by Orlando Scott-Cowley 24th of March 2015

The Human Firewall: Why the Humans Might Be the Answer

Half the problem with protecting your enterprise from every hacker, phisher, visher and botnet herder is the helpful part of human nature, that wants to be…helpful. We’ve known for a very long time that the vast majority of successful cyber-attacks rely on this helpfulness to achieve their goal. We know that social engineering plays a significant role in these attacks, from the most complex right down to the most ‘mundane’ phishing email; and our attackers know this too.

Senior executives and government officials often use one email address as a catch-all for personal and business email, side-stepping security risks.
It’s only when you start to get humans thinking for a fraction of a second longer than normal before performing a task, running an attachment or clicking a link, have you started to drive a behavior change in them.

I sense that enterprise cyber security has reached a turning point that will solve this problem.

For years, we’ve been talking about the de-perimeterization of the network, as end users and cloud services make the corporate firewall less relevant. CIOs and IT Managers I’ve spoken to have long been trying to shoe-horn their existing cyber-security into this new model, but have been losing the battle. The ubiquitous nature of connectivity and mobile computing was not so much the straw for this poor camel, but the entire haystack.

So, this is where I sense a pivot occurring, in the way we think about enterprise cyber-security; one that leaves those legacy ideas on the LAN and introduces a more task-orientated set of security rules. Rules that consider how the humans’ use our enterprise services and how those same humans are exploited. And importantly, rules that change the game in our favor, as opposed to the business-as-usual cyber security arms race we suffer under.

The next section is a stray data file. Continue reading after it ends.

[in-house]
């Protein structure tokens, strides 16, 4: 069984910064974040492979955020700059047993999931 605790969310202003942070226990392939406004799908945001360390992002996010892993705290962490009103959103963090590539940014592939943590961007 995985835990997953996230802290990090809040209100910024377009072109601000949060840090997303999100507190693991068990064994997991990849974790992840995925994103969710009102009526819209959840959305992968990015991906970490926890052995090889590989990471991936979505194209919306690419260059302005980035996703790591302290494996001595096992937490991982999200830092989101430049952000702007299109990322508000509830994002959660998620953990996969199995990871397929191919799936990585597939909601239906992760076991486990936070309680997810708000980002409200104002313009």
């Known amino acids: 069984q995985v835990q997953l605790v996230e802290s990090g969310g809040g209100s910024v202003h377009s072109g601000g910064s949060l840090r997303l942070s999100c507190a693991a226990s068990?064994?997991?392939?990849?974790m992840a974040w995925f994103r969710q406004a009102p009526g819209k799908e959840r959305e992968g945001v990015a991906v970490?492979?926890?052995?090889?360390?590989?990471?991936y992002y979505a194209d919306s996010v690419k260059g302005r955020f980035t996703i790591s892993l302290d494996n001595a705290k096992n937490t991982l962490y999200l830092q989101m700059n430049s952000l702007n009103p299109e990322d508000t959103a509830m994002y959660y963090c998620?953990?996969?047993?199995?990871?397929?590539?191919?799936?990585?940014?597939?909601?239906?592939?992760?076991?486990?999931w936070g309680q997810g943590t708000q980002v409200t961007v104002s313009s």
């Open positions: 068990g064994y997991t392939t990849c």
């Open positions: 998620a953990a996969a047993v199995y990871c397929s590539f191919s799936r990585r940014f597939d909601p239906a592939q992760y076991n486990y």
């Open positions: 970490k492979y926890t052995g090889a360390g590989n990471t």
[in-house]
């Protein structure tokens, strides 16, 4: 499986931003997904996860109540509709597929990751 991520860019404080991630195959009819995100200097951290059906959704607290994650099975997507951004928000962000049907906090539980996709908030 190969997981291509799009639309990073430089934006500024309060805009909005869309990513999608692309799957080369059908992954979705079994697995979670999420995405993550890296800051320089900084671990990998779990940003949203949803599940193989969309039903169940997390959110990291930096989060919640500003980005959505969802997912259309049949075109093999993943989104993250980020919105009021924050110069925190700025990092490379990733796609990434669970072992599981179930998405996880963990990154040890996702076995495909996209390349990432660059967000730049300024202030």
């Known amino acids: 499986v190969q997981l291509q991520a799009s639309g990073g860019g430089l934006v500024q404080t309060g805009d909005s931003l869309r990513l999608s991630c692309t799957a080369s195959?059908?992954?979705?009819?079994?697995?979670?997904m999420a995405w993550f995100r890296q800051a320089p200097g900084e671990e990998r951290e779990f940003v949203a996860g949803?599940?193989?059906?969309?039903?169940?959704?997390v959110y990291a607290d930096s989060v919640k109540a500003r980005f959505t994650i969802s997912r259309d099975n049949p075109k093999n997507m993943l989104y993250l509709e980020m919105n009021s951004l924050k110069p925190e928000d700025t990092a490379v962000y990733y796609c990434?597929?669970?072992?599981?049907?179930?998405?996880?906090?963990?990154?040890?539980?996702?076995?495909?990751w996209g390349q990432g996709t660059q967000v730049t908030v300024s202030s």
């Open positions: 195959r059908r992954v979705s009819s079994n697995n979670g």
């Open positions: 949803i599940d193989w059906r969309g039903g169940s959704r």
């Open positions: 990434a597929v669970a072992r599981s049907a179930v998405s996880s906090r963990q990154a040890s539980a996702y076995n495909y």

Of course, security professionals have been asking for more training for their human users since the dawn of the ILOVEYOU virus, but sadly this has always been low on the priority list for the budget controllers in businesses.

Security and IT professionals also know there is no single technology solution that will protect humans either. Sadly, until very recently, that’s about as far as the conversation went. Enough budget would be allocated for ‘reasonably regular’ (i.e. every six months, if you’re lucky) security training – and we’d all cross our fingers that no one would do anything stupid.

But they did, and they still do. Humans click links, especially in emails, and there’s no way of stopping them from doing that. So we’ve begun to learn that a new approach is needed here. An approach that is the foundation to the wider pivot I mentioned above. If technology can’t completely help us, and in isolation security training isn’t effective anymore—maybe the answer is in the last place we would have looked a few years ago? In the humans.

It’s after all our users who have become the front line for attackers looking to gain access to your network and we know this is because the humans are easier to hack than the code they write. So instead of constantly hardening our code and infrastructure why don’t we start to harden our humans?

Invoke a Human Firewall to help protect our businesses and de-fang the threats that target them. We know that our routine security training doesn’t work and we know our technology is less effective—so why not use the technology to help train users in a more real-time manner, or at the point of click in an email. Subtly warn them they might be able to experience something malicious, and block them if it does turn out to be a watering-hole or drive-by attack. But help them understand the risks, educate them constantly and in new and exciting ways, not once or twice a year in traditional training session.